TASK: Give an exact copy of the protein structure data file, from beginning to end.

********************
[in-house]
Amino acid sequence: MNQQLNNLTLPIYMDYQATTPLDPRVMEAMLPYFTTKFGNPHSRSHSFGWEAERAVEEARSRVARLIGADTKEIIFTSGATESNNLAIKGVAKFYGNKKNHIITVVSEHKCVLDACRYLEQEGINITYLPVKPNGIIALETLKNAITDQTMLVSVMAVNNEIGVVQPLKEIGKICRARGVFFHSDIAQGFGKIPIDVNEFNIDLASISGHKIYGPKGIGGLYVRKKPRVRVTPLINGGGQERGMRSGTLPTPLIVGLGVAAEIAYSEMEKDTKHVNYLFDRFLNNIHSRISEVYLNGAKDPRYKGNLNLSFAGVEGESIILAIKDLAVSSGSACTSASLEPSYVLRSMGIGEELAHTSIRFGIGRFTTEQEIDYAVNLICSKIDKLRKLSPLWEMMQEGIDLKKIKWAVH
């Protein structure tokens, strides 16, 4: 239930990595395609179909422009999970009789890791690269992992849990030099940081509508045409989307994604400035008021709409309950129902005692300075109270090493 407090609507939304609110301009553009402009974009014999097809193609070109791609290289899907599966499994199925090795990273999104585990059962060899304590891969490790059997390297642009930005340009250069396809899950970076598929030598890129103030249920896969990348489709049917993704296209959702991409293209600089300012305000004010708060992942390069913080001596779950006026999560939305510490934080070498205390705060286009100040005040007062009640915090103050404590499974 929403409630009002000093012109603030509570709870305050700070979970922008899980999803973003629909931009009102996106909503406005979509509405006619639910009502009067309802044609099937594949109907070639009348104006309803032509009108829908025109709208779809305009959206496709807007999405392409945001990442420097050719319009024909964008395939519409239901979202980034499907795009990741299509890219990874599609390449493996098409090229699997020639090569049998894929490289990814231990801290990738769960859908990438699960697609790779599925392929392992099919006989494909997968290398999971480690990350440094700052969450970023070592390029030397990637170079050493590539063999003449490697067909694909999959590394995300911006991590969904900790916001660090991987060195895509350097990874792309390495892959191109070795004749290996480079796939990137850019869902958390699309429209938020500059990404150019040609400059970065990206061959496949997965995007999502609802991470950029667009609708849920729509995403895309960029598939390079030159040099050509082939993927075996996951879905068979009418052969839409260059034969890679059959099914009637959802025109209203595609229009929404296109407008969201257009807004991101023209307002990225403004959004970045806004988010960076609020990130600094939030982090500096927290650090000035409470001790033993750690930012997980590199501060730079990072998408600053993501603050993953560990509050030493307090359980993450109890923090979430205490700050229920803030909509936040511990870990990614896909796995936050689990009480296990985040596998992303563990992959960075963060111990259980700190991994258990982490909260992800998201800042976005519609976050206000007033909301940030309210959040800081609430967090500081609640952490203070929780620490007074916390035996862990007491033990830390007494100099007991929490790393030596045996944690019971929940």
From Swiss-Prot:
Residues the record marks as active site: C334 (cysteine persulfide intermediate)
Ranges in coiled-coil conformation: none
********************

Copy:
[in-house]
Amino acid sequence: MNQQLNNLTLPIYMDYQATTPLDPRVMEAMLPYFTTKFGNPHSRSHSFGWEAERAVEEARSRVARLIGADTKEIIFTSGATESNNLAIKGVAKFYGNKKNHIITVVSEHKCVLDACRYLEQEGINITYLPVKPNGIIALETLKNAITDQTMLVSVMAVNNEIGVVQPLKEIGKICRARGVFFHSDIAQGFGKIPIDVNEFNIDLASISGHKIYGPKGIGGLYVRKKPRVRVTPLINGGGQERGMRSGTLPTPLIVGLGVAAEIAYSEMEKDTKHVNYLFDRFLNNIHSRISEVYLNGAKDPRYKGNLNLSFAGVEGESIILAIKDLAVSSGSACTSASLEPSYVLRSMGIGEELAHTSIRFGIGRFTTEQEIDYAVNLICSKIDKLRKLSPLWEMMQEGIDLKKIKWAVH
């Protein structure tokens, strides 16, 4: 239930990595395609179909422009999970009789890791690269992992849990030099940081509508045409989307994604400035008021709409309950129902005692300075109270090493 407090609507939304609110301009553009402009974009014999097809193609070109791609290289899907599966499994199925090795990273999104585990059962060899304590891969490790059997390297642009930005340009250069396809899950970076598929030598890129103030249920896969990348489709049917993704296209959702991409293209600089300012305000004010708060992942390069913080001596779950006026999560939305510490934080070498205390705060286009100040005040007062009640915090103050404590499974 929403409630009002000093012109603030509570709870305050700070979970922008899980999803973003629909931009009102996106909503406005979509509405006619639910009502009067309802044609099937594949109907070639009348104006309803032509009108829908025109709208779809305009959206496709807007999405392409945001990442420097050719319009024909964008395939519409239901979202980034499907795009990741299509890219990874599609390449493996098409090229699997020639090569049998894929490289990814231990801290990738769960859908990438699960697609790779599925392929392992099919006989494909997968290398999971480690990350440094700052969450970023070592390029030397990637170079050493590539063999003449490697067909694909999959590394995300911006991590969904900790916001660090991987060195895509350097990874792309390495892959191109070795004749290996480079796939990137850019869902958390699309429209938020500059990404150019040609400059970065990206061959496949997965995007999502609802991470950029667009609708849920729509995403895309960029598939390079030159040099050509082939993927075996996951879905068979009418052969839409260059034969890679059959099914009637959802025109209203595609229009929404296109407008969201257009807004991101023209307002990225403004959004970045806004988010960076609020990130600094939030982090500096927290650090000035409470001790033993750690930012997980590199501060730079990072998408600053993501603050993953560990509050030493307090359980993450109890923090979430205490700050229920803030909509936040511990870990990614896909796995936050689990009480296990985040596998992303563990992959960075963060111990259980700190991994258990982490909260992800998201800042976005519609976050206000007033909301940030309210959040800081609430967090500081609640952490203070929780620490007074916390035996862990007491033990830390007494100099007991929490790393030596045996944690019971929940």
From Swiss-Prot:
Residues the record marks as active site: C334 (cysteine persulfide intermediate)
Ranges in coiled-coil conformation: none